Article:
Wonderland by Stacey D’Erasmo


Life for a musician on the road is wildly erratic. A cliché, though no less true. The high of selling records and playing to packed houses of adoring fans in back-to-back cities. The lows accompanying too much sex and drugs, too little sleep, and a dwindling bank account. Reading about these euphoric ups and paralyzing downs can feel predictably invigorating. But if you’re expecting a typical rock n’ roll road novel, Stacey D’Erasmo‘s Wonderland isn’t it.

For starters, take the book’s narrator. Though clearly rock babe material with her fire engine hair, giraffe legs, and sassy attitude, Anna Brundage is far from a glamorous front woman. She snorts coke, racks up one-night-stands, and complains about measly ticket sales or inattentive audiences with the rest of the band as they flit from Copenhagen to Prague to Berlin to Riga, but there’s also some effort to her madness.

At 44 and on a comeback tour though Europe after seven years spent teaching carpentry to little rich girls in Manhattan, Anna’s not sure she still has what it takes to attract a crowd and put on a good show, that maybe’s she’s become irrelevant. What makes matters more complicated is her vanload of baggage: A divorce. An abortion. An ailing father. An ongoing and unresolved affair with a too short, seemingly happily married Lebanese man she picked up on her last tour. Not exactly light reading.

You see, Wonderland isn’t so much a novel about making music as it is about staking a claim on dreams. Or staking a claim on something. Though there is a fair amount of “[blowing songs] through the back of [rickety concert halls] and out into the night, folded, gleaming, fast, faster, unbroken, alive, whirling inside the secret chamber, rose and gold, unstoppable, irresistible, straight into the veins,” those adrenaline-infused, sweat-soaked concert scenes take second fiddle to the ones concerning Anna’s ardent search for self.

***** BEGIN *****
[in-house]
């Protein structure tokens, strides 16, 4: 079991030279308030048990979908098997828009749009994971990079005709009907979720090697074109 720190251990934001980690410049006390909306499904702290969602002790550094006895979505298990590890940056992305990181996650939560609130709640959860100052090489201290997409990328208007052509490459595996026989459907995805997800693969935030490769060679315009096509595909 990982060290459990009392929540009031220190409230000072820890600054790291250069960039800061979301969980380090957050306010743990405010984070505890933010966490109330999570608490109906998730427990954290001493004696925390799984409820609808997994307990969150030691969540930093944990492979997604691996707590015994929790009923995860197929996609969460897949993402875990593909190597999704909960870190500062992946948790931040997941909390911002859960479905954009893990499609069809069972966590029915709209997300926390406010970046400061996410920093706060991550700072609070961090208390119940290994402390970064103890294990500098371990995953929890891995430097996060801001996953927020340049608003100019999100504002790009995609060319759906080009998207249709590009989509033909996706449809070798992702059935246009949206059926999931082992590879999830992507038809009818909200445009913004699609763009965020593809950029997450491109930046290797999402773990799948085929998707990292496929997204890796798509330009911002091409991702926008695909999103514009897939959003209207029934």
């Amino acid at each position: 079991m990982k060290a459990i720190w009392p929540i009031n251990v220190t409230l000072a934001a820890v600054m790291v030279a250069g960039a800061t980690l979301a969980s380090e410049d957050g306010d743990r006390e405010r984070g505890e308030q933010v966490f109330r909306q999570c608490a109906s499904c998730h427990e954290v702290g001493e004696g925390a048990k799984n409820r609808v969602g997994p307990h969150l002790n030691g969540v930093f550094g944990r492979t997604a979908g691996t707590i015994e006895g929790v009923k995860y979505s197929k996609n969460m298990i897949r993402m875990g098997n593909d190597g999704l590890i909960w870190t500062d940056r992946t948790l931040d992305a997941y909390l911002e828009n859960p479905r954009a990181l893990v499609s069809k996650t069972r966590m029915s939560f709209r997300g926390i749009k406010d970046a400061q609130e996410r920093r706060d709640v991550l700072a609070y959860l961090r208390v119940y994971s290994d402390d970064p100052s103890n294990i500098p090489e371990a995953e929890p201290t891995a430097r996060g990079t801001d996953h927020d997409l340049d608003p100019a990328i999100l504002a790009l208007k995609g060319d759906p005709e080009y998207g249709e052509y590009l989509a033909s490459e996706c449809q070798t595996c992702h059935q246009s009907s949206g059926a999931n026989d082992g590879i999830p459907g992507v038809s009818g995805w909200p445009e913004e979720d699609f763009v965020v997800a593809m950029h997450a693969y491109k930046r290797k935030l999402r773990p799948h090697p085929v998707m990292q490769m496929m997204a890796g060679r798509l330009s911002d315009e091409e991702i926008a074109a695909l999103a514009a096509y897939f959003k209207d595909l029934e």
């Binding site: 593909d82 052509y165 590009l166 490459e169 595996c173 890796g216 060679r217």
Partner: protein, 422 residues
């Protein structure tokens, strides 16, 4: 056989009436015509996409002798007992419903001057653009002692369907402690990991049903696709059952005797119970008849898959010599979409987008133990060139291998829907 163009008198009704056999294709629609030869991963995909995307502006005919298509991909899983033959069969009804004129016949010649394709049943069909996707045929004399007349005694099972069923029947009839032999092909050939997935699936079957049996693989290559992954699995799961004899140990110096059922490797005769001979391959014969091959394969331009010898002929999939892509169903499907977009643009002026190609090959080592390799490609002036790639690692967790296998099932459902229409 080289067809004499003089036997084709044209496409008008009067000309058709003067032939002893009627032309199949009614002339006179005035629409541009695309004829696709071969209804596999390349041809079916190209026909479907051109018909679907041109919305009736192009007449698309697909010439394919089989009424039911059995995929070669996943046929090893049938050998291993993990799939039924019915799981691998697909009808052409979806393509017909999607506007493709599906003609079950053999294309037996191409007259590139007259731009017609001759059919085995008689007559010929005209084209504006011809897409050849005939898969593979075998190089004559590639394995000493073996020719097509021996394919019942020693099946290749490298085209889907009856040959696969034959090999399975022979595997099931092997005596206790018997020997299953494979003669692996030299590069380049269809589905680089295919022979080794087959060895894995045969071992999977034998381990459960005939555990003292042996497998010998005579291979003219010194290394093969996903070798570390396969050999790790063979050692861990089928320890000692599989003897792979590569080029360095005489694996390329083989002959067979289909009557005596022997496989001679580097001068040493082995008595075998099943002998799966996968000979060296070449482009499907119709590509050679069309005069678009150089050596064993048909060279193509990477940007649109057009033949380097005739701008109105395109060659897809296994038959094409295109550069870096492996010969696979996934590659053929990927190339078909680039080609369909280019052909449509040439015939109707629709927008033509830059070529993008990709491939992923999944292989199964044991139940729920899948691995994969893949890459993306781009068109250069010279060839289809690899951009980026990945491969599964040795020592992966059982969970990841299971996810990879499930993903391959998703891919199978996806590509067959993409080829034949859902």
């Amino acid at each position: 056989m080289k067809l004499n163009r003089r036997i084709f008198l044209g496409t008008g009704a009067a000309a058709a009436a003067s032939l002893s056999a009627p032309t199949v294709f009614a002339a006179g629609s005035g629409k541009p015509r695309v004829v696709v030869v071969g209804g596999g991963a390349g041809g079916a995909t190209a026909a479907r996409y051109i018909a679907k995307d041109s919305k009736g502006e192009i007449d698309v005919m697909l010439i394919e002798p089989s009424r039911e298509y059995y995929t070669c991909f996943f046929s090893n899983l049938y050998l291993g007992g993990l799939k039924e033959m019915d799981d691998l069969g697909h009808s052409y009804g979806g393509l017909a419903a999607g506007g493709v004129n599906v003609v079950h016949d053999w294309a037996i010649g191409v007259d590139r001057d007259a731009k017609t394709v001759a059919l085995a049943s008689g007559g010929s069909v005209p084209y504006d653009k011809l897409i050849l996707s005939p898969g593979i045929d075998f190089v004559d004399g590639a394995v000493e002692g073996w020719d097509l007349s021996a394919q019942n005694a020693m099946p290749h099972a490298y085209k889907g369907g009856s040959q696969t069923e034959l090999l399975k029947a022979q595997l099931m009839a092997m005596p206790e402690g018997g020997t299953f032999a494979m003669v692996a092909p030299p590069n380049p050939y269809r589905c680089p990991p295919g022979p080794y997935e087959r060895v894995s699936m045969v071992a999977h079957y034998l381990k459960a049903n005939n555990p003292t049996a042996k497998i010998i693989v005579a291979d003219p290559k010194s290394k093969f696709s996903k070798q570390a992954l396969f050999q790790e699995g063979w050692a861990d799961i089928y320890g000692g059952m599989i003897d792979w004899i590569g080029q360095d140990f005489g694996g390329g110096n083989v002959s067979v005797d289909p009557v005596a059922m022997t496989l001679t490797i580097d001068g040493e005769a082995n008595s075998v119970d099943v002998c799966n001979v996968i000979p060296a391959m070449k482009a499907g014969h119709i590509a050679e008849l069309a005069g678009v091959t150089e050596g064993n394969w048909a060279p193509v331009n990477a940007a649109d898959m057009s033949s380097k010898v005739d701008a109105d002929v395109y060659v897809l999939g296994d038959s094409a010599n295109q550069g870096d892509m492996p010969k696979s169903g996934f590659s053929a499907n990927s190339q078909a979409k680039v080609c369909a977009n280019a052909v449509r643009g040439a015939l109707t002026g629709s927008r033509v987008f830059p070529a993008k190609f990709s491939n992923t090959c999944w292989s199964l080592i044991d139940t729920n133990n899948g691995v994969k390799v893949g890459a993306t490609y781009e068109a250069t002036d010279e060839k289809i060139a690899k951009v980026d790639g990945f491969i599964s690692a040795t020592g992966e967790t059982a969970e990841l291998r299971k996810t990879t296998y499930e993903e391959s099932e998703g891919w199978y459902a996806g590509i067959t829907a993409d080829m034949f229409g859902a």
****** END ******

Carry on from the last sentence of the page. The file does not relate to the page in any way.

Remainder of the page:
Not surprisingly, her wallowing can feel clingingly self-indulgent, especially as it’s delivered in first-person. In contrast to the rich, often tender chapters describing her relationship with her father — a sculptor who courted fame sawing buildings in half and calling it art — the melodrama swirling around Anna’s obsessive attachment to the undeserving Simon (the adulterer) grows too stale too quickly. When her band members tell her they didn’t sign up for his tagging along to gig after gig, it’s hard not to nod our heads in agreement.

Despite these narrative shortcomings, Wonderland is addictive fare. As seen in her previous novels, Tea, A Seahorse Year, and The Sky Below, D’Erasmo’s fierce, inventive prose — Anna’s manager has a “face like a chipped white plate,” the band’s cellist is “Tinkerbell crossed with a cancan girl from outer space” — is on full display. The novel’s other bonus is its fragmented structure. Written in choppy chapters spanning different times and places around the world, it’s gratifyingly easy to get the sense that being on tour with Anna is like getting caught up in some, well, wonderland.

In preparation for writing the book, D’Erasmo read musician’s autobiographies, like Juliana Hatfield’s When I Grow Up, Patti Smith’s Just Kids, and Keith Richards’ Life. She hit up friends in the music biz in New York and interviewed people like Jennifer Charles (of Elysian Fields fame). And she became a roadie/groupie for the band the Scissor Sisters while they toured through Europe. No, D’Erasmo isn’t a rocker. But her book? To risk another cliché, it’s worthy of at least one encore, if not more.

Originally ran in the The Oregonian (May 12, 2014)

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